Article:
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Monday, 4 May 1987
Page: 2213


Senator Dame MARGARET GUILFOYLE —I refer the Minister representing the Treasurer to the recent increase in prime interest rates by major banks in the United States of America as well as public statements by that country's Federal Reserve Bank that the US dollar will be defended by tighter monetary policy. Does the Minister agree that events in the United States could have very damaging consequences for the Australian dollar if foreign funds are switched from Australia to the United States? Does the Minister envisage the need for an increase in Australia's already high interest rates to maintain the differential which has attracted the large amounts of foreign currency needed to cover the current account deficit?


Senator WALSH —I hope I got enough of the question down to be able to give an adequate answer. Firstly, I will not speculate about how much interest rates might move in any particular direction. Certainly some of the presumptions in Senator Dame Margaret Guilfoyle's question are reasonable. But in respect of the United States, not only has it been clear to many people for at least a couple of years but also it has been authoritatively written that the United States dollar is overvalued. If I remember correctly, predictions were made by Lester Thurow of an overreaction and a fall of 50 per cent in the value of the United States dollar which, measured against the Japanese yen, is in fact about what has happened. Thurow did not make it clear whether he was referring to the yen or the trade weighted index but a fall of something like that against the Japanese yen has in fact happened.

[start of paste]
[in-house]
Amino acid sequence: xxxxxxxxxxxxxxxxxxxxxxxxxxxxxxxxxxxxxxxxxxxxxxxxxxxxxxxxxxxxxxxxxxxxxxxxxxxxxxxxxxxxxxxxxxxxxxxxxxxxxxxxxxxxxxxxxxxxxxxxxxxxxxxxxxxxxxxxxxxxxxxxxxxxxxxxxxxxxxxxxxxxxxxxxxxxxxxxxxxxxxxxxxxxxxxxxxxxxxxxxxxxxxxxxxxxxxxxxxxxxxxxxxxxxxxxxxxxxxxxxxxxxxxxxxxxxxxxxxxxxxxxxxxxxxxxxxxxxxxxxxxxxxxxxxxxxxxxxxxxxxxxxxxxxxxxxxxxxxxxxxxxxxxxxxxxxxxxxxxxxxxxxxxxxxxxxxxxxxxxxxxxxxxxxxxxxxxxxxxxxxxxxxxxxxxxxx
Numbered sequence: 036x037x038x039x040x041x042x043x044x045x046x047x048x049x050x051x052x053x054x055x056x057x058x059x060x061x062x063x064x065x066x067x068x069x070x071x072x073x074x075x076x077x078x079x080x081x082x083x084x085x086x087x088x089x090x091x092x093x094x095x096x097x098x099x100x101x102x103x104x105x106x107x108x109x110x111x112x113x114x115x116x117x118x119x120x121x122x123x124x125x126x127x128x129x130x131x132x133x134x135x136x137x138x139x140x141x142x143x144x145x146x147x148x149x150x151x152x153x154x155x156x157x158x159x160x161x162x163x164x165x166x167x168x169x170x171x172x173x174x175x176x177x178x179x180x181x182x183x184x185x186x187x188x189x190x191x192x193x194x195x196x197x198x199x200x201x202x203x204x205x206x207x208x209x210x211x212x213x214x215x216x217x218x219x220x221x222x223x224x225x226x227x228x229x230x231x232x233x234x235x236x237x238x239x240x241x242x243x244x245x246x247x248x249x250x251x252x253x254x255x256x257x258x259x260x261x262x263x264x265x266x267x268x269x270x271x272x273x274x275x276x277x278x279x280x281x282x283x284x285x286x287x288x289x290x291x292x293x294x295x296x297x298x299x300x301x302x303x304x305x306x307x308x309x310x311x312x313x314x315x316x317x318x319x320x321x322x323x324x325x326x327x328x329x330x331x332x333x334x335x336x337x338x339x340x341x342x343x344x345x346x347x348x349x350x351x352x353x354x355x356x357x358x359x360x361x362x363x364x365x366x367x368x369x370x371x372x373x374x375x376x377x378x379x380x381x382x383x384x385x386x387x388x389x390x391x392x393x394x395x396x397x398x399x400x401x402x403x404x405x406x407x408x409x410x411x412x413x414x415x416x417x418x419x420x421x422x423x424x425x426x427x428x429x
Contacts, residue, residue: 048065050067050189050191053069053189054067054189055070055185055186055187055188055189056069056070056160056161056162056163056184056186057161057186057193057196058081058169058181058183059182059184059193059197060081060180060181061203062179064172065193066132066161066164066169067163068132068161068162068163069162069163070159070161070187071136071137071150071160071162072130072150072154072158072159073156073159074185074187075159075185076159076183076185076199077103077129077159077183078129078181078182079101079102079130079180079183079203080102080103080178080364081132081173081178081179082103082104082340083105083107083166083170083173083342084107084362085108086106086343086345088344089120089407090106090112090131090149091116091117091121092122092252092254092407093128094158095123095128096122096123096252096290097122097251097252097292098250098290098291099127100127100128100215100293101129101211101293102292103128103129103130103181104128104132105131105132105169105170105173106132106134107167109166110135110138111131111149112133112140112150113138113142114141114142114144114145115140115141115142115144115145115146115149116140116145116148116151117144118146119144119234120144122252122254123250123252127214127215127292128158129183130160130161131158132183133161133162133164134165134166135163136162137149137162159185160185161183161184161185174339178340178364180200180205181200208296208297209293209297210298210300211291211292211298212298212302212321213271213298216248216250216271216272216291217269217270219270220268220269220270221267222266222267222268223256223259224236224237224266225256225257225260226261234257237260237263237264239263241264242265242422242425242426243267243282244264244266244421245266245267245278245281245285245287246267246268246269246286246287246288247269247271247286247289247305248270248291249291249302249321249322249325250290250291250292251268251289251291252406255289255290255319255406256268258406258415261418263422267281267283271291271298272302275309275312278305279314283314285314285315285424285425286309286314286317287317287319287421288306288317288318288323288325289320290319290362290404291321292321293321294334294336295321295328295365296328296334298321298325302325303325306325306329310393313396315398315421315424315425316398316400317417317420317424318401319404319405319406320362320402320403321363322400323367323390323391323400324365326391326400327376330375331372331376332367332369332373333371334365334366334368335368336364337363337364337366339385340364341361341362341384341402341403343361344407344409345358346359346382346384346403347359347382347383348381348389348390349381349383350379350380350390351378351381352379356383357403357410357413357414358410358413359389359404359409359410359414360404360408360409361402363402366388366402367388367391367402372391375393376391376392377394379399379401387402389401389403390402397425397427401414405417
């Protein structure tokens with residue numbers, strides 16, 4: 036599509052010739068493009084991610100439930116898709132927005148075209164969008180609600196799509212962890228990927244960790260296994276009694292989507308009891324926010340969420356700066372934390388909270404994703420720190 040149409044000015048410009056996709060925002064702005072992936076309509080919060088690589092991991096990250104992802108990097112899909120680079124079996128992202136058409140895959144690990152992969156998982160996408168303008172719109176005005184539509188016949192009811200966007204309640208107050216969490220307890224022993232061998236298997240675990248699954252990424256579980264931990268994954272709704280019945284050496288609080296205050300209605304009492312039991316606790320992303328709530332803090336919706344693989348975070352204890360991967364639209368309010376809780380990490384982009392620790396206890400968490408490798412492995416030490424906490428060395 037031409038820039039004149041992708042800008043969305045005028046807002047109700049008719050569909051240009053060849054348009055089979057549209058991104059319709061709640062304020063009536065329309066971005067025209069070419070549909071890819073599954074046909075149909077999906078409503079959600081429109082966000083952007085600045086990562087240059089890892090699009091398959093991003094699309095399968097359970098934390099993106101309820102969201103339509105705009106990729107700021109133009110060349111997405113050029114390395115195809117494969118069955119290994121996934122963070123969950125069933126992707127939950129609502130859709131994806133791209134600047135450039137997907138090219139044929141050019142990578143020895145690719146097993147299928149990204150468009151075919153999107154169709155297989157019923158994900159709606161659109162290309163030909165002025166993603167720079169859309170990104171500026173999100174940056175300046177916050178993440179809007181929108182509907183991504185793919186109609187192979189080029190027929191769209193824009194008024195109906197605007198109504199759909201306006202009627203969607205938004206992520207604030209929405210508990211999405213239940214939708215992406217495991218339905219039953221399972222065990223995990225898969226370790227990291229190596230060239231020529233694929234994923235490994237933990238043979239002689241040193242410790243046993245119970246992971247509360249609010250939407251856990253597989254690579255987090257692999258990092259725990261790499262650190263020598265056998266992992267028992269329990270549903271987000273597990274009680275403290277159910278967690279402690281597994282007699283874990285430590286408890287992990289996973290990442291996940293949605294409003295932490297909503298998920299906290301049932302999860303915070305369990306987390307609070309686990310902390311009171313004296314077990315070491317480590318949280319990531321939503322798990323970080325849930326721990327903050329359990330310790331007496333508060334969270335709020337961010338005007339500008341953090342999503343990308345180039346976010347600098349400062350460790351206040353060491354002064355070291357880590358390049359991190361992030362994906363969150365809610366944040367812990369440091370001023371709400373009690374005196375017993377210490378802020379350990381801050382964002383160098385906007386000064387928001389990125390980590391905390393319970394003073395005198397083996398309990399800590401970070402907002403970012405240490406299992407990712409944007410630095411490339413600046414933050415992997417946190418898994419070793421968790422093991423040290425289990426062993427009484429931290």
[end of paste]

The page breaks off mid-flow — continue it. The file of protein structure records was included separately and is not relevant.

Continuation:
Whether the declining market price of the United States dollar, which probably reflects a more realistic estimate of its value than the price at which it had previously been exchanged, will impact adversely on Australia is, I think, a matter for rather complex judgment. Superficially, it might be expected that the movements would be in the way Senator Dame Margaret Guilfoyle suggested. The United States is seen to be a much less attractive area in which to lodge liquid funds and that is the reason why the US interest rate has been pushed up-to make it somewhat more attractive to counteract the disincentive of the recent very substantial decline in the exchange rate of the US dollar. Whether one more than offsets the other is very much a matter for judgment.